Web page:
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An Education in Thailand – A Concerned Parent’s View



As some of the longer term readers will know, this old buffalo is here for the long haul. I do re-surface from time to time on Stickman’s site to provide a personal slant re: observations of life in general in Thailand. Most of my ramblings revolve around everyday life, work and family. I don’t discuss politics – it’s a bit of a minefield, that. Nor do I talk about mongering, as there are other contributors to this site who are in a much better position to espouse on the subject. I personally keep an open mind on this.

Now, when the kids come along, one does not think immediately to the distant future. Rather, with the responsibilities of being a new parent, you get caught up in the juggle of working hours, waking hours, unholy god-knows-what hours, it's-your-turn hours and trips to and from the babysitters’ place. It was the last thing – trips to the babysitters’ – that made me throw in the towel and buy a car, as radio taxis had not been invented back then. Not forgetting that taxis did not have meters either, it was up to the driver’s whim and fancy to charge you what he felt would have been appropriate at that time of the day.

It is not too long before you realize that the kids would soon need an education, and that this would have to happen somewhere. And that somewhere would just happen to be…

Kindergarten.

A look at what was available turned up a few surprises.

At the bottom of the list was the temple kindergarten. It was basically free, however the only thing that happened there was that the kids would hopefully learn how to dress themselves, use the toilet properly and at the correct time, use eating utensils, and not a lot else. Note that this was done for the benefit of the part time maid’s son.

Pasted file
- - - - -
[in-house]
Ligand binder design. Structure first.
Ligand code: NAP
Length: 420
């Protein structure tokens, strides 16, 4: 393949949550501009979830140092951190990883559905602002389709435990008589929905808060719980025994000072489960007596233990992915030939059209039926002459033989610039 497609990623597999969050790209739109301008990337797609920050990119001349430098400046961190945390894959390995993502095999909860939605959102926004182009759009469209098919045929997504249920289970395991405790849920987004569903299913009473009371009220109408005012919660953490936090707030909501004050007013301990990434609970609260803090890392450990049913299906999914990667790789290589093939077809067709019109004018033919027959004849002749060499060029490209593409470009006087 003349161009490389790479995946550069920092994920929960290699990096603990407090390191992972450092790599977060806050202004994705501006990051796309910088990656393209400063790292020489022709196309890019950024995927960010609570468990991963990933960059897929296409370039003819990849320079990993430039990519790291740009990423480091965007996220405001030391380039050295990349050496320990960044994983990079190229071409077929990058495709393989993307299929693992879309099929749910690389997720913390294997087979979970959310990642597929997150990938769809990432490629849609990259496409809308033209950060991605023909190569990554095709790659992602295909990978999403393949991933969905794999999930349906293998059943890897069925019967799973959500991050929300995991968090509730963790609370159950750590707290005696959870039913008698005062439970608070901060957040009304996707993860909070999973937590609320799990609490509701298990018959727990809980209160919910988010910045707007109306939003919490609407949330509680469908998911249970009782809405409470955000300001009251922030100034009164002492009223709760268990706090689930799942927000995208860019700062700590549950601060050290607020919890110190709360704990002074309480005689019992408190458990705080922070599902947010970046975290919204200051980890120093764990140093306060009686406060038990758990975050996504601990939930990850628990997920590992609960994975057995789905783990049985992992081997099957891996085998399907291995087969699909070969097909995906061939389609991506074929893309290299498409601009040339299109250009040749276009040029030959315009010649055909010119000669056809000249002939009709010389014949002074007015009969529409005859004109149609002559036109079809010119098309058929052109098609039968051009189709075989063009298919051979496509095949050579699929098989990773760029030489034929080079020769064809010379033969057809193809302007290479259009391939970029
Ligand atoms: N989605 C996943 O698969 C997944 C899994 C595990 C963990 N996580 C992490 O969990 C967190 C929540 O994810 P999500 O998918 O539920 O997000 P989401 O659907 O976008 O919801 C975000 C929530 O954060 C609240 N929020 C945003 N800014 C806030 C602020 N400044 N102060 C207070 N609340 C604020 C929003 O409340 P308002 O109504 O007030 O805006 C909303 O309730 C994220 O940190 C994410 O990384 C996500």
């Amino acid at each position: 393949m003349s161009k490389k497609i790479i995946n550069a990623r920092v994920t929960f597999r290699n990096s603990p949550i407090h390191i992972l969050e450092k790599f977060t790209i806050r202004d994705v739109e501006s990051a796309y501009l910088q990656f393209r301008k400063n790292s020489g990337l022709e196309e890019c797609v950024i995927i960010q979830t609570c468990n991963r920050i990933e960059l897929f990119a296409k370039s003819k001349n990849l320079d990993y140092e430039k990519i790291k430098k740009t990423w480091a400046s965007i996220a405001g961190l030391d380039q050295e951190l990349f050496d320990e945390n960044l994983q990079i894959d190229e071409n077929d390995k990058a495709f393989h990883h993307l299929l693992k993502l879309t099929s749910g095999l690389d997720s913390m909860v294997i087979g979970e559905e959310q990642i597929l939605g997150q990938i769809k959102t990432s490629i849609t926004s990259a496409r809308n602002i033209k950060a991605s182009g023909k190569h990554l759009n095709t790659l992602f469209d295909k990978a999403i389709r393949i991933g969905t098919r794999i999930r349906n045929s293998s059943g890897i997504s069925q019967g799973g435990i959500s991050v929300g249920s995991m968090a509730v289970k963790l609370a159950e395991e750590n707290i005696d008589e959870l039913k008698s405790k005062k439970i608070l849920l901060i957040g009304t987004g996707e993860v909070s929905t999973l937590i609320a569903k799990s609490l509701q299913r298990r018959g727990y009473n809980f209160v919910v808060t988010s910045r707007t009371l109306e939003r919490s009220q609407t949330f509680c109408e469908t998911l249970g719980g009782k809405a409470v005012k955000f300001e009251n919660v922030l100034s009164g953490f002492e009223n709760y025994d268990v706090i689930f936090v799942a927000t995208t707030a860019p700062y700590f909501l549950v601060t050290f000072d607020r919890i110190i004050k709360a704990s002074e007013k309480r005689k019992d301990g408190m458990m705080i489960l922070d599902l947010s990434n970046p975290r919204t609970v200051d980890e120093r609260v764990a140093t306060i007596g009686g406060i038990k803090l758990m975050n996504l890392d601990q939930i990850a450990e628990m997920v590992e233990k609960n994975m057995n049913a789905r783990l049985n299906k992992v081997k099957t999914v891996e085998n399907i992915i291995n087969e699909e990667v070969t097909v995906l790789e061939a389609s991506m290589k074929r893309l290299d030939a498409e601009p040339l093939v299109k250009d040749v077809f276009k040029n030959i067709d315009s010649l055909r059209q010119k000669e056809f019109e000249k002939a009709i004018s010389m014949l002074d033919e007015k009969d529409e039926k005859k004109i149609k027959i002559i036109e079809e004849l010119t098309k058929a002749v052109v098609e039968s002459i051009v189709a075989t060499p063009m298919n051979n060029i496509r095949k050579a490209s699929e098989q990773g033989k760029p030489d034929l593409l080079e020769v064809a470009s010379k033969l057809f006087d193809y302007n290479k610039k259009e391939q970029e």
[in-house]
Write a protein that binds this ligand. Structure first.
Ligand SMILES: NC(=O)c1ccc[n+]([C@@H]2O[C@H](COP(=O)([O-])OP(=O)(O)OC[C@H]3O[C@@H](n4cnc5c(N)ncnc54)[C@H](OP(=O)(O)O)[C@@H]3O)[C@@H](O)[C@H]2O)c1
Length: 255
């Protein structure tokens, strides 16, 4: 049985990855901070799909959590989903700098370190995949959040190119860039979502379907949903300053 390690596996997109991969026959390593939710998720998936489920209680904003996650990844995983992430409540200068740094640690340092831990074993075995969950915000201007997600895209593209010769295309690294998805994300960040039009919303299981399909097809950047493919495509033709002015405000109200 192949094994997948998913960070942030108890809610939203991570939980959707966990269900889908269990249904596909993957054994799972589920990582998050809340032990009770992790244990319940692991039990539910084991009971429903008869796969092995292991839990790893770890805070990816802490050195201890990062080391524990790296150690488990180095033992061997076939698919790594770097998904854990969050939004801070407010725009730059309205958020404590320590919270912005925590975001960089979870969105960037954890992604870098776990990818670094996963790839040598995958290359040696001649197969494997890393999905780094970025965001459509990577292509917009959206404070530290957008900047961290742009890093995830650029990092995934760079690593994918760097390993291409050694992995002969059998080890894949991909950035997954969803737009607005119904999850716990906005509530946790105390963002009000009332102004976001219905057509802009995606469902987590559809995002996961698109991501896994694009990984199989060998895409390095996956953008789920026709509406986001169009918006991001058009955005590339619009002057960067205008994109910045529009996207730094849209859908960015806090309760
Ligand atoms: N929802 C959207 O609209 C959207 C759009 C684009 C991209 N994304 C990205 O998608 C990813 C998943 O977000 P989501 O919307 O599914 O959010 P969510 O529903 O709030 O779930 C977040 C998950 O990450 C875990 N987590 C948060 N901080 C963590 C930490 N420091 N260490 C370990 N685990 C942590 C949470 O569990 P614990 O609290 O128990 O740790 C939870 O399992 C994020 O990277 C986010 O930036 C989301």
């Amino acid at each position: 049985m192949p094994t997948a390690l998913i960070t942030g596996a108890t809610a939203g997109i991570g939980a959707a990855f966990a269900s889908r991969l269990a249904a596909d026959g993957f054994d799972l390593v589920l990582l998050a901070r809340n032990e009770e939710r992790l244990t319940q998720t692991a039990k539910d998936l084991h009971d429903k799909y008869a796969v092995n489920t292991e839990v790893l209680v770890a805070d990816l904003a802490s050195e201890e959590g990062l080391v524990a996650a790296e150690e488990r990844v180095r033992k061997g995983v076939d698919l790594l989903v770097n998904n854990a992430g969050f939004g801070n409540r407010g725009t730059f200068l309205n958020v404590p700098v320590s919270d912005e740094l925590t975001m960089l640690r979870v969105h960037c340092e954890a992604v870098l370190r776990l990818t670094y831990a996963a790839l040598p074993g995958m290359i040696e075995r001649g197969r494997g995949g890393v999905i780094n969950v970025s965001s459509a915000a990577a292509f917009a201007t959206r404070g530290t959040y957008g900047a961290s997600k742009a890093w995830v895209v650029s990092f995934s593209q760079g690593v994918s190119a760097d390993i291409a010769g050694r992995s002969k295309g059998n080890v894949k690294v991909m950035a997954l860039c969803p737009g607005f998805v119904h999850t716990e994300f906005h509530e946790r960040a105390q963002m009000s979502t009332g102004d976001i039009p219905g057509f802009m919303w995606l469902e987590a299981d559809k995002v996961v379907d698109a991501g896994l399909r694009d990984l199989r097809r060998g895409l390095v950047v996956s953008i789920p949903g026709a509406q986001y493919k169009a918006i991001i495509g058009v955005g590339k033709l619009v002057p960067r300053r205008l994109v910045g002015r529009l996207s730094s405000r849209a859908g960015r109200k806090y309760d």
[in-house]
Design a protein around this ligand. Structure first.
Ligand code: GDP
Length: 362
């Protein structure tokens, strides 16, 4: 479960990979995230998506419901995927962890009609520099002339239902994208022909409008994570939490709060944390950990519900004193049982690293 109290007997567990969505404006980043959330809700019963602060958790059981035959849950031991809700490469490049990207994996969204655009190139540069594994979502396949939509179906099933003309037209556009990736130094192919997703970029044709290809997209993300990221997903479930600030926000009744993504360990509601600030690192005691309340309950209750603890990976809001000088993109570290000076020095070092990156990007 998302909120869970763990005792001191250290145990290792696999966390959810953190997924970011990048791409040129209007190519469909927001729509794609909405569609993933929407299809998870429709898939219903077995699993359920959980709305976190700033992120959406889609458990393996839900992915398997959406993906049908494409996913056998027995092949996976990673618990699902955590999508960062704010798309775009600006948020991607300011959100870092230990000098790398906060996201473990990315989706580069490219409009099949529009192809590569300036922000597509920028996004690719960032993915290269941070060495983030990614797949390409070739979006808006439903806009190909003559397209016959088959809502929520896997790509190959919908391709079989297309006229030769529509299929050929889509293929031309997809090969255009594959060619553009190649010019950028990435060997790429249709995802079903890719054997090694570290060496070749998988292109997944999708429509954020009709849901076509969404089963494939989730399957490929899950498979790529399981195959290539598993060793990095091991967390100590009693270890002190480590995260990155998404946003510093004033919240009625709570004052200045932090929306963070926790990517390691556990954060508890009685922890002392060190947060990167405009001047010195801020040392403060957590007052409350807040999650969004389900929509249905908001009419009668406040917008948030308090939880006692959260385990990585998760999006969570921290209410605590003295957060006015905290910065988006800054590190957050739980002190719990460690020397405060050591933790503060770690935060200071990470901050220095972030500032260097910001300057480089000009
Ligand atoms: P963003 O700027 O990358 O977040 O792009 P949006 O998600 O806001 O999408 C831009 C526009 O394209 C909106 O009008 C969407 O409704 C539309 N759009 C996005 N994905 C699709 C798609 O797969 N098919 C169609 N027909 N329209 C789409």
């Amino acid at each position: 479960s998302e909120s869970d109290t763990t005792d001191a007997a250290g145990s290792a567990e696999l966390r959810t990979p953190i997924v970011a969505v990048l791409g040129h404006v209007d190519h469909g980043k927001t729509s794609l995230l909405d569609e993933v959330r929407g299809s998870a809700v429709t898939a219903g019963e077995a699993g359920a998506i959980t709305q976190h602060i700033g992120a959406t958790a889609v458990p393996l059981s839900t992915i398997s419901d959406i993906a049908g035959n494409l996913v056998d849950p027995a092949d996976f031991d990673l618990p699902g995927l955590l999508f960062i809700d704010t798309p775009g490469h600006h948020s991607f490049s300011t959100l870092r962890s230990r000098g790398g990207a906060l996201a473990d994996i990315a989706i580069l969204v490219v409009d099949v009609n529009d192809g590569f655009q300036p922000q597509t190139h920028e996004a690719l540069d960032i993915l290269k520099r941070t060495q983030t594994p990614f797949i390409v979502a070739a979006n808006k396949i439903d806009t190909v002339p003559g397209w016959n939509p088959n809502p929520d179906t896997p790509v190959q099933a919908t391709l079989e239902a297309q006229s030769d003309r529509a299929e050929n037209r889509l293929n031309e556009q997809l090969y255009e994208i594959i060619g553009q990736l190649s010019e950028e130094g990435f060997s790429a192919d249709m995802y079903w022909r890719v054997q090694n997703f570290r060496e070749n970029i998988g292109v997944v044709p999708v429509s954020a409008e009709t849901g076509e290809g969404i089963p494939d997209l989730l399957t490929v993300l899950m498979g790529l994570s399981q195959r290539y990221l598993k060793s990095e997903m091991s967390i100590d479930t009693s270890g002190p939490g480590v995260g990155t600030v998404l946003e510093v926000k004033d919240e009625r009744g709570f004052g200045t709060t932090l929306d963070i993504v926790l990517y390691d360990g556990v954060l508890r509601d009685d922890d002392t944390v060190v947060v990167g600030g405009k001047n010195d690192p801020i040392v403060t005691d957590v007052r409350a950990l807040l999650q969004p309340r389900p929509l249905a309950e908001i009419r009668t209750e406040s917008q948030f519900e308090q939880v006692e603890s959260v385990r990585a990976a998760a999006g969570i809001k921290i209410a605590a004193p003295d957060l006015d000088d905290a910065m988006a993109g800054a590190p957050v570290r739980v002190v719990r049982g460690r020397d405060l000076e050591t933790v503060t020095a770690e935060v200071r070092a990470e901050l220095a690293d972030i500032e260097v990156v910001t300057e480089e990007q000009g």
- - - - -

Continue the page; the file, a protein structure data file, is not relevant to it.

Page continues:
The privately-run kindergartens were much better; they had learning activities and taught some basic language; this included English. It was eventually what I opted for. The reason being…

There were / are some big-name schools that pride themselves on the results of the kids they turned out. People actually line up and are prepared to pay big bucks just to have their kids in. The application form had a section labeled ‘donation’ with check boxes that started at fifty thousand baht and increased in those increments. I certainly didn’t (wouldn’t!) check any. We left our kid for a couple of ‘trial’ lessons; he never came back looking particularly happy, and was soon developing all kinds of excuses not to go back. I soon found out that they were trying to ram a primary one education down a three-year old kid’s throat – no wonder he didn’t want to go back. That trial was terminated very abruptly. By me. My wife pulled a long face, but hey! You’re only a kid once, and a happy kid is a healthy and balanced one.

When it was time for the kids to go to primary school, I managed to secure places for them (without the donation! aka ‘pah chiak’) at a reasonably decent co-educational mission school. By this time, English was a required subject from primary one, so coupled with me speaking English some of the time to the kids they did quite well.

I have personally found that the mission schools give the best all-round education as long as you leave religion out of it. (Another subject I prefer not to discuss) The majority of the students would be Buddhist anyway, so I think the mix balances itself out nicely. Note that this is a personal opinion and you’re welcome to agree or disagree.

Some changes came with secondary school, where the elder was entered in a full English program. Every single subject, including the texts, were taught in English. Though initially daunting, he started to cope with the change after the initial month or so. His form teacher was a bit of a dragon, but she meant well and the parents were kept in the loop. He did well.

Interestingly, the so-called ‘English Program’ was really a pilot program at the time, run in only a few select schools. There was(is?) no provision for this at university level – as such the entrance examinations to local universities have to be taken in Thai language with Thai subjects – thus limiting the choice of further studies to local universities that run international programs.